For her part, Renata Holmann noted that she found her father to be thinner. His blood pressure is more stable, she affirmed, but they still haven’t given him the medical attention he requires for his heart problems. He also has a hernia problem they haven’t attended to, which is making it difficult for him to walk.
“In terms of his mental health, he continues firm, convinced that sooner of later the truth will win. He’s well, and God is giving him the strength to go forward and survive the abuses he’s being subjected to,” Holmann’s niece added.
Irving Larios is another of the political prisoners. He appeared gaunt and haggard when the regime exhibited him last September, in a Managua courtroom. His daughter, who was allowed to visit him, also complained of the “deplorable” food allowance for the prisoners.
She described the food her father receives as “clumps of badly cooked rice” and a small portion of beans. At other times, he receives a boiled egg and chayote [a pear-shaped vegetable belonging to the gourd family]. It’s always of poor quality.” His daughter estimates that Larios has lost some 40 pounds during his imprisonment, to the extent that his ears and teeth look “disproportionate.”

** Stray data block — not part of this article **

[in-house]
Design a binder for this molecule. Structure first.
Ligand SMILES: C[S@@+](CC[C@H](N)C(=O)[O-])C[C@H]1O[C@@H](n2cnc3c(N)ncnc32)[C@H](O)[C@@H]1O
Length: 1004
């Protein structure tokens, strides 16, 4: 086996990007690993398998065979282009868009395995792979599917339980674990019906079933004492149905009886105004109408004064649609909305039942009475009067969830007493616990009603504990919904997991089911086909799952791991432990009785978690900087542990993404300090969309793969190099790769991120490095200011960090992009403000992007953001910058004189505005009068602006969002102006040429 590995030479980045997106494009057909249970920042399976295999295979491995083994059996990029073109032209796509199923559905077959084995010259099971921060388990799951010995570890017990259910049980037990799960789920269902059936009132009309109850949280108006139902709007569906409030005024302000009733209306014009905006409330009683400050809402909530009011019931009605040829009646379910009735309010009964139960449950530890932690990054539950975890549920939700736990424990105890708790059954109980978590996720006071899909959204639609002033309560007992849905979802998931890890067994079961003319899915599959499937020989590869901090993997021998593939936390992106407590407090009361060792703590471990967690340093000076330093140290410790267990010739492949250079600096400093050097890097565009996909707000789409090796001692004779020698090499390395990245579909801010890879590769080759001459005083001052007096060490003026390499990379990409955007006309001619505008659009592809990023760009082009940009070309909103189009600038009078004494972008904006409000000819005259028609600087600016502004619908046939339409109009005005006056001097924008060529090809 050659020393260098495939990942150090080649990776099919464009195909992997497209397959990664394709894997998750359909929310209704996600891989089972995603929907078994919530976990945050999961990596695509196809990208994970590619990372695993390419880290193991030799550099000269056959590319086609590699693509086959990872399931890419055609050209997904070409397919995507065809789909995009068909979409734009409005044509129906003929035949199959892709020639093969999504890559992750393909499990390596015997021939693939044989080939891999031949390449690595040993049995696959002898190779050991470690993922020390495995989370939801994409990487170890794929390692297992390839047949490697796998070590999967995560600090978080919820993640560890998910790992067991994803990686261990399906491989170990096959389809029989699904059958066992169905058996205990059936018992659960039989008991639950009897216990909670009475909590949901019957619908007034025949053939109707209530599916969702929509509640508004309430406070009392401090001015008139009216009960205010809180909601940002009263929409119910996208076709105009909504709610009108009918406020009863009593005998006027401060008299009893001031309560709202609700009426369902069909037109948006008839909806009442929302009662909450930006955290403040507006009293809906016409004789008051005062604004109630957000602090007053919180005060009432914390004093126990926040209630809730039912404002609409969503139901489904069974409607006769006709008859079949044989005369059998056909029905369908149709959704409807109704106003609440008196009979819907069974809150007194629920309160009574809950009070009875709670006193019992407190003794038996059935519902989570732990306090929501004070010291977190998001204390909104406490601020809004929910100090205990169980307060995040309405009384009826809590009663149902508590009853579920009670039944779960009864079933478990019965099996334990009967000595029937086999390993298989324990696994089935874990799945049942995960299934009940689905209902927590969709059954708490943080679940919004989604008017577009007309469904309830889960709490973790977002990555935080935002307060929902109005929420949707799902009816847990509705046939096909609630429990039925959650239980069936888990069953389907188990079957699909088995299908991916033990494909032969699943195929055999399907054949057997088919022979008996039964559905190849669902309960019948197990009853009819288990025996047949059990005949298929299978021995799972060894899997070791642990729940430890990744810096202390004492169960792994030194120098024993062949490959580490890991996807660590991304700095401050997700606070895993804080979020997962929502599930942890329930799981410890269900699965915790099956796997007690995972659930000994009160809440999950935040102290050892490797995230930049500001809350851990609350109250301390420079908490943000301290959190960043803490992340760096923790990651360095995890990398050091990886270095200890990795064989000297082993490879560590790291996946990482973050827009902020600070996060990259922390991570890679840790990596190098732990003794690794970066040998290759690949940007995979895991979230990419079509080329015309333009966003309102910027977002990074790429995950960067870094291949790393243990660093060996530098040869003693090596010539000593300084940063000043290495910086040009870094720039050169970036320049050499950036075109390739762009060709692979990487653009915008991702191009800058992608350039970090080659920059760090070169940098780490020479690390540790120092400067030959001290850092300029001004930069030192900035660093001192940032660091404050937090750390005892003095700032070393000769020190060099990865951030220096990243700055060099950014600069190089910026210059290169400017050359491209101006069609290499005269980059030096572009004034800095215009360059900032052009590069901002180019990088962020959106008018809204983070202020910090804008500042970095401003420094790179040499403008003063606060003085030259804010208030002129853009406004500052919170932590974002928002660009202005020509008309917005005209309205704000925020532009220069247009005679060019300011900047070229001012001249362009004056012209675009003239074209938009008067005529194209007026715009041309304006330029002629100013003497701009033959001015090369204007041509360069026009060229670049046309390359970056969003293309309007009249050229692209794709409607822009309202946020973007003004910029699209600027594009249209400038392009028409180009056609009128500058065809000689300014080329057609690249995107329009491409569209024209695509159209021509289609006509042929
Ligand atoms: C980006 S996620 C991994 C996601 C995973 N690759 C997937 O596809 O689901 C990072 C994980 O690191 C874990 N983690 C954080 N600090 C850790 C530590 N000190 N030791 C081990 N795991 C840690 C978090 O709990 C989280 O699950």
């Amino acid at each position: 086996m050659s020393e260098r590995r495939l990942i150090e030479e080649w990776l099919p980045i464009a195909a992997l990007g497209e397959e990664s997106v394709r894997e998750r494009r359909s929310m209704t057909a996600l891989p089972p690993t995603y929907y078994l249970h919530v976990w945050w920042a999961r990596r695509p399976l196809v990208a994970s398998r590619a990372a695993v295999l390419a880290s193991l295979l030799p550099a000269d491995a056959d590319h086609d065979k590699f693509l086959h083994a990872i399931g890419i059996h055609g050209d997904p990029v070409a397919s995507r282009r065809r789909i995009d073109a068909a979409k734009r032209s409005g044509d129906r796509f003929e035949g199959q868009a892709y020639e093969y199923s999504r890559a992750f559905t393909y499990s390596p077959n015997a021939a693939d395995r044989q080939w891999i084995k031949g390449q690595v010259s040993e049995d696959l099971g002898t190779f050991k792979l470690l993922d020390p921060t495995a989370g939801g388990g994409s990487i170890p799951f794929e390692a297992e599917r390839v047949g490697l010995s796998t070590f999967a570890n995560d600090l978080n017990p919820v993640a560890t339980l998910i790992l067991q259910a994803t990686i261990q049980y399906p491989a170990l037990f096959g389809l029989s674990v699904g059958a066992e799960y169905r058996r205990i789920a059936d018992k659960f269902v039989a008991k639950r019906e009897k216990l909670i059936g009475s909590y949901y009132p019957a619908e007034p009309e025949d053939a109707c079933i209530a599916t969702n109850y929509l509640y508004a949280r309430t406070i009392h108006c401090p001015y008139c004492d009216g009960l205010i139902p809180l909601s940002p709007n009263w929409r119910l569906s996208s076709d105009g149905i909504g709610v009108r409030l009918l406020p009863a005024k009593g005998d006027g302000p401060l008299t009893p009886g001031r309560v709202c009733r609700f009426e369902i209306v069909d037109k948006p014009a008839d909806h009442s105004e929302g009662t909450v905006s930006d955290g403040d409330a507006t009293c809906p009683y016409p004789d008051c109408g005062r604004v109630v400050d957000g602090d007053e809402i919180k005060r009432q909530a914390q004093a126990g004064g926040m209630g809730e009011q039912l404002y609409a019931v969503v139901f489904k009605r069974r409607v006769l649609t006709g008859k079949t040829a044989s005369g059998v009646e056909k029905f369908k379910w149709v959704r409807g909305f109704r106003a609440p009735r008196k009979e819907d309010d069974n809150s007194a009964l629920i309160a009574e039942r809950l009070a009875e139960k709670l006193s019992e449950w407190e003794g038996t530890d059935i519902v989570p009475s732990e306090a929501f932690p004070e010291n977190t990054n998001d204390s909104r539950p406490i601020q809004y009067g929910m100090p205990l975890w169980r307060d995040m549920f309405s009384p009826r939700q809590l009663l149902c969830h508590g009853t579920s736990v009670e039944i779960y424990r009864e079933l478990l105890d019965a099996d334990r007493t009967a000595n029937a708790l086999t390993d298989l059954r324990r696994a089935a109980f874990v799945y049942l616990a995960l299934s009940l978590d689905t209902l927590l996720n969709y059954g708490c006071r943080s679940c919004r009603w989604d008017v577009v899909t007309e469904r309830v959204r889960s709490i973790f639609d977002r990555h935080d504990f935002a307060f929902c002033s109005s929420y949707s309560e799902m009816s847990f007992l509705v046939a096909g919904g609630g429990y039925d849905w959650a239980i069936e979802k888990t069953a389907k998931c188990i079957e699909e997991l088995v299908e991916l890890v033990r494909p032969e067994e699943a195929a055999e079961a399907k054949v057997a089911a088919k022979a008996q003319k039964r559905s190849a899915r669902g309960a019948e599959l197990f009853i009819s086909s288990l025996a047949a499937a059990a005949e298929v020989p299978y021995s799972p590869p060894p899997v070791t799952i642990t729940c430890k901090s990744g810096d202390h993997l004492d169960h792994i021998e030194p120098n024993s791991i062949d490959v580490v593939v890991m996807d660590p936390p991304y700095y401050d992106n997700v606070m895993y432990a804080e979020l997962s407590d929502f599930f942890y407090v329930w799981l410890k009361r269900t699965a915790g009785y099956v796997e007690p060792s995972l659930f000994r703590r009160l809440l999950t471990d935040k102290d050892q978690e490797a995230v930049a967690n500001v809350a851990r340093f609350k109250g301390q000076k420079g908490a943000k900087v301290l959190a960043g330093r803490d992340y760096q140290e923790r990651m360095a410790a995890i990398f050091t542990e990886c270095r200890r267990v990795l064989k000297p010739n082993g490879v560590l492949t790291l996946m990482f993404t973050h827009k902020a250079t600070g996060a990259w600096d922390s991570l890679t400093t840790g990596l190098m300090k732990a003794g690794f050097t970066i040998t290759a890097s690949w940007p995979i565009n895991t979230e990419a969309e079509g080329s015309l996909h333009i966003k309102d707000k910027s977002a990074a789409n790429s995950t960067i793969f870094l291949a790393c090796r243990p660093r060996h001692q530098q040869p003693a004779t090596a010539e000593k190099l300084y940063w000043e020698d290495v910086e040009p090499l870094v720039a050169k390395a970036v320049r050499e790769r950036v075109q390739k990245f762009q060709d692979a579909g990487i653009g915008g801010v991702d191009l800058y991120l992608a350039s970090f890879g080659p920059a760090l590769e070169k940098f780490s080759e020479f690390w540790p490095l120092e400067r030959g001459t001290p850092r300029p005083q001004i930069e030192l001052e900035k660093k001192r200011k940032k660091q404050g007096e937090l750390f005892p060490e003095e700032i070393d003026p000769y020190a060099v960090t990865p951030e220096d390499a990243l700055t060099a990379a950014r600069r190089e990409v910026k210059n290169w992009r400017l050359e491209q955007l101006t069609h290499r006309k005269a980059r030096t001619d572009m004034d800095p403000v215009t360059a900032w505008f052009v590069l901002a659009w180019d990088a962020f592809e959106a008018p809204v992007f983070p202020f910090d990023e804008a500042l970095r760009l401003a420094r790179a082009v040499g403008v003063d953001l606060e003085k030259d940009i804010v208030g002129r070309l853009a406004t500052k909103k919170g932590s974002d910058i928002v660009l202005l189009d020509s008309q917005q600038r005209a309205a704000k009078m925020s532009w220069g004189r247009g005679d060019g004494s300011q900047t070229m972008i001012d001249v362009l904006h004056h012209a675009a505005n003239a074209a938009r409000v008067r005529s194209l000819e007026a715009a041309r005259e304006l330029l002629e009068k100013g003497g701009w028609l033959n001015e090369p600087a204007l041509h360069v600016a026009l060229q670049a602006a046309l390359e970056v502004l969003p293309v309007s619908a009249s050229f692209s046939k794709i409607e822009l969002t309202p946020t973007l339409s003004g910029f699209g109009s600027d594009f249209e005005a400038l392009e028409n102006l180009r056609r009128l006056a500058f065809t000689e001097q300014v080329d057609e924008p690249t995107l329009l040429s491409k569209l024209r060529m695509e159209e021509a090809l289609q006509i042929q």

The prisoner is also having trouble lifting one arm, due to a “lump” there. He, too, hasn’t been given the needed medical attention. “He’s having problems in his scalp, they don’t know if it’s a fungus infection. He’s been asking for a shampoo, since it’s extremely itchy. It’s not only him – there are other people with the same problem,” Larios’ daughter denounced.
The young woman confirmed that her father has suspended his hunger strike, that he remained strong emotionally, and that he’s totally lucid and coherent.